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I can’t remember the last time I woke up and turned on CNBC like it was Christmas Morning, transfixed with every word. Oh yeah, it was Facebook’s IPO.

For those of us who don’t live in the late 1990s or on the East Coast, the theatre of CNBC can seem almost an anthropological experience. Everything is BREAKING! or EXCLUSIVE! A bunch of white guys who seem to barely understand how to use Twitter are opining on everything from what the founders are thinking to what it could be worth in six months. And they just gotta fill, fill, fill.

As they were awaiting the opening bell, Jim Cramer even waxed poetic about the “little people” ringing the bell while the founders were on the floor, saying it was a emblematic of Twitter’s role in global democracy. Um…

But I’ll tell you who “won” CNBC this morning: The New York Fucking Stock Exchange. They pulled off such a baller move this morning, let’s call them the NYFSE for the rest of the day.

As everyone — including Twitter’s CEO Dick Costolo — has said, this IPO was designed to be the anti-Facebook IPO. That included going with the New York Stock Exchange, not the NASDAQ. For those who forgot, the NASDAQ played a large role in Facebook’s opening day debacle, demoing new trading software that didn’t work. Worse, the NASDAQ’s head chose to spend the morning in Silicon Valley mugging for pictures while it all went down.

The whole thing played right into the core difference between the two: The NYFSE has a human “Specialist” who controls it all, not just machines with (possibly) buggy software. I’ve talked to half a dozen CEOs off the record since who made the decision to go with the NYFSE in the aftermath of Facebook solely because of that. Big ones.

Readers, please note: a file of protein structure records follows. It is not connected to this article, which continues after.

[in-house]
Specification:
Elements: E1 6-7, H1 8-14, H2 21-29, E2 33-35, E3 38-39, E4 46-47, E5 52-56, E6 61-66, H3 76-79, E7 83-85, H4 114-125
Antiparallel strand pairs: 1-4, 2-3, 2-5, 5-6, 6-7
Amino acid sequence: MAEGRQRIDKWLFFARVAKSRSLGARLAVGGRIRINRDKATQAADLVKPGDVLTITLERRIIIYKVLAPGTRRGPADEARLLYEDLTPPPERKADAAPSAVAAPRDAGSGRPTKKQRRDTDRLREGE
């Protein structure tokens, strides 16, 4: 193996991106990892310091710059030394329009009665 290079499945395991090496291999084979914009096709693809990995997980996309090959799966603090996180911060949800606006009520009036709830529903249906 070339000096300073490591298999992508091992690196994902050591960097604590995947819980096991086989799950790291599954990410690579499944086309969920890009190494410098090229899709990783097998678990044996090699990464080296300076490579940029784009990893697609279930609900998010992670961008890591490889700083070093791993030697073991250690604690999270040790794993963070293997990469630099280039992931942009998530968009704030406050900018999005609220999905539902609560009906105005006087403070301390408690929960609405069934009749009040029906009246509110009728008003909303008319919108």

But it’s not enough that the NYFSE won Twitter. It chose to absolutely rub the NASDAQ’s face in it. It granted CNBC “exclusive” “never before seen” access to be on the floor right next to the Specialist. On the face of it, it was a great unique glimpse into the process of price setting. How interesting! But really it was a 90-minute “fuck you NASDAQ” infomercial.

Tell us again how this works? 

Why is it so important that there be a human in charge of setting the opening price? 

And a lot of….

We don’t know how long it’s going to take, but we’re not going to open until we get it right. 

It almost didn’t matter how long they stood there. It didn’t telegraph weakness — it telegraphed strength and a commitment to the company. Finally a guy sounding like Walter Winchell yelled out: FORTY-FIVE AND A DIME! And the price was set.

Bob Pisani of CNBC said, “Pretty smooth.”

The rep from the NYFSE said, “This is what you want.”

And we all heard what he was thinking: Checkmate, NASDAQ. You won Facebook, but we won the war.